This summer, a midnight slice of Grotto Pizza at the beach may not be a sure thing. That’s because Grotto, like many of coastal Delaware’s tourism-based businesses, will likely have to take drastic measures as ...
This summer, a midnight slice of Grotto Pizzaat the beach may not be a sure thing.That’s because Grotto, like many of coastal Delaware’s tourism-based businesses, will likely have to take drastic measures as they approach another tourist season amid an ongoing pandemic.The problem they’re facing isn’t government mandates or alarming COVID-19 spikes like those seen in 2020. It isn’t an overabundance of empty hotel rooms or vacation houses. It’s a severe shortage of eligible employees in the state’s biggest beach towns.“I’ve been doing this for 20 years at the beach and this is hands-down the worst staffing crisis we’ve ever had,” said Grotto Pizza Vice President Jeff Gosnear. “And it’s not just us. … It’s going to be a tough year for everybody.”
[caption id="attachment_211733" align="aligncenter" width="1024"] Allie Kepner and Molly Redgate prepare for a busy season at Grotto Pizza amid the shortage of J-1 workers. | PHOTO COURTESY OF GROTTO PIZZA[/caption]
At Funland’s opening weekend, which coincided with Mother’s Day, the rides were spinning and the games were running. But the biggest difference this year—aside from the COVID-19 precautions in place—may be the lack of employees, particularly those traveling abroad for the work and cultural experiences offered by the J-1 Visa cultural exchange program.Personnel Manager Chris Darr said he was hoping to get roughly half of the 30-35 J-1 workers that would normally spend their summers at Funland. But the season may look like a repeat of 2020, when there were no J-1 workers at all.“We’ll definitely have visitors, but are we going to be able to accommodate all of that demand?” asked the fourth-generation businessman. “We want to create a great experience, but there’s only so many wiffle balls that can be picked up at once.”Grotto is planning to not only limit hours and close restaurants in less high-demand areas on slower days as needed, but is also planning to run employee shuttles across the state to fill staffing gaps.Just a few weeks ahead of Memorial Day weekend, Kohr Bros. Regional Manager Sean Martin said he’s at about 25-35% of the staffing levels needed to run the three ice cream shops he oversees in Rehoboth Beach.
[caption id="attachment_211495" align="aligncenter" width="1024"] People walk the boardwalk late April, with some wearing masks as mandated under Rehoboth Beach guidelines. | DBT PHOTO BY KATIE TABELING[/caption]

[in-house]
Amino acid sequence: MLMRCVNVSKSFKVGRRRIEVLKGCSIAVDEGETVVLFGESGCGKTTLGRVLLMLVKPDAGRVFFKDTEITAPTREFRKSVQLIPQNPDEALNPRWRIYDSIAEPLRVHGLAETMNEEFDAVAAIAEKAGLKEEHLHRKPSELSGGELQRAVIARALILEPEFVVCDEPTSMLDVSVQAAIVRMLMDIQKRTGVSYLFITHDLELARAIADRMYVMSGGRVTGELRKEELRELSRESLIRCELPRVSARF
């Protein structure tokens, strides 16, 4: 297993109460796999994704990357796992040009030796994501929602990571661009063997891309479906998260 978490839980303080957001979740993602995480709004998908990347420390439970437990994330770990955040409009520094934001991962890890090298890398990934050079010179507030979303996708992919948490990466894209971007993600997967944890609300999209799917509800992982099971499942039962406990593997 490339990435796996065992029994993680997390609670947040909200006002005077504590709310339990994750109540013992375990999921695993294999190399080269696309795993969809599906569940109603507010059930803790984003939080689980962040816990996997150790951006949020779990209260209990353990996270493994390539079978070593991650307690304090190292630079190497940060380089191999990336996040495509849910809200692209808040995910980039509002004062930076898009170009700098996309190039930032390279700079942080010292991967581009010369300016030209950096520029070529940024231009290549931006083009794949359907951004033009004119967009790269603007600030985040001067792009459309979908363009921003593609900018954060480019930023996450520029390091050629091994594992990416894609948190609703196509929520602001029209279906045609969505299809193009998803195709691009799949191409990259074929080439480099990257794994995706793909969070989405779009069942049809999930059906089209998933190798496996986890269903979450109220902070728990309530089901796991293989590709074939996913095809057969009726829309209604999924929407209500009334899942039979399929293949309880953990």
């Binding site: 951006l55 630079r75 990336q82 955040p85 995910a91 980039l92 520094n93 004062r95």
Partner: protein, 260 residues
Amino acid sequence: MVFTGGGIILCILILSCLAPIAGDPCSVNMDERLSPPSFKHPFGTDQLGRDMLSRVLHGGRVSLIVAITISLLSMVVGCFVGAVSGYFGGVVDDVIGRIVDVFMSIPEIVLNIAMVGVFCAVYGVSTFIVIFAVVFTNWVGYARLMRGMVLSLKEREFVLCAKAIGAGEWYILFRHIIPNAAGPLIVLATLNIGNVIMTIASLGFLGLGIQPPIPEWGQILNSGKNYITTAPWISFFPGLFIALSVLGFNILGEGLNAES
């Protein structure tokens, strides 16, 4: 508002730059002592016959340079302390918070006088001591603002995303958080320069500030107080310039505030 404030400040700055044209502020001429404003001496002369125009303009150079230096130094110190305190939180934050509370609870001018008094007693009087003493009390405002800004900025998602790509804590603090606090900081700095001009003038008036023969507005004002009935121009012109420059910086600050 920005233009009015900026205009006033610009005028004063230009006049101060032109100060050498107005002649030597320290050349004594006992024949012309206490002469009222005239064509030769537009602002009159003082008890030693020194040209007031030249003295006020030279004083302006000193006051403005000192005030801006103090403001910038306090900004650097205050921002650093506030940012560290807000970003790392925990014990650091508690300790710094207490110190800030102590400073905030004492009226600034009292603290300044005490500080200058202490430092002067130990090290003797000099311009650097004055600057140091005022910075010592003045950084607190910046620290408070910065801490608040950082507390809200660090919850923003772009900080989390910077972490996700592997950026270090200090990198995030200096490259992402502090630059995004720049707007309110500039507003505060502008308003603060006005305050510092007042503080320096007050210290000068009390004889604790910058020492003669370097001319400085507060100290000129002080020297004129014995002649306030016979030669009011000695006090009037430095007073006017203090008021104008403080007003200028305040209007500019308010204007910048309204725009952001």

The lack of J-1 student workers is exacerbating shortages, but isn’t the only problem, Martin said. It’s a combination of issues, including a lack of affordable housing in the resort areas.“We have the chance to somewhat have a normal year, and now we don’t have the help,” Martin said. But Rehoboth Beach-Dewey Beach Chamber of Commerce President and CEO Carol Everhart said that when she polled dozens of businesses at a recent job fair, only a few blamed staff shortages on the lack of J-1 exchange visitors. The overwhelming response? That people are making too much money to stay home and collect unemployment.“I don’t know how to combat it other than what we’re doing,” she said, noting that Rehoboth and Dewey officials have agreed to allow businesses to set up their own mini job fairs on the two Fridays left before the unofficial start of summer.In addition to shifting hours and employees, Grotto is also offering gift cards for employee referrals. Business people like Darr, Gosnear and Martin are just hoping customers will be patient and understand that a shortage of workers will inevitably mean longer wait times at the counter.Everhart said she’s heard of other businesses offering $1,000 bonuses or $500 sign-on offers, even an additional $100 per day to just show up. Still, businesses aren’t getting the help they need and instead face closing on certain days or shortening hours, even though the vacation rental markets looks “extremely strong” already this spring.“It’s an employee drought,” Everhart said. “I’ve never seen anything like it.” By Maddy Lauria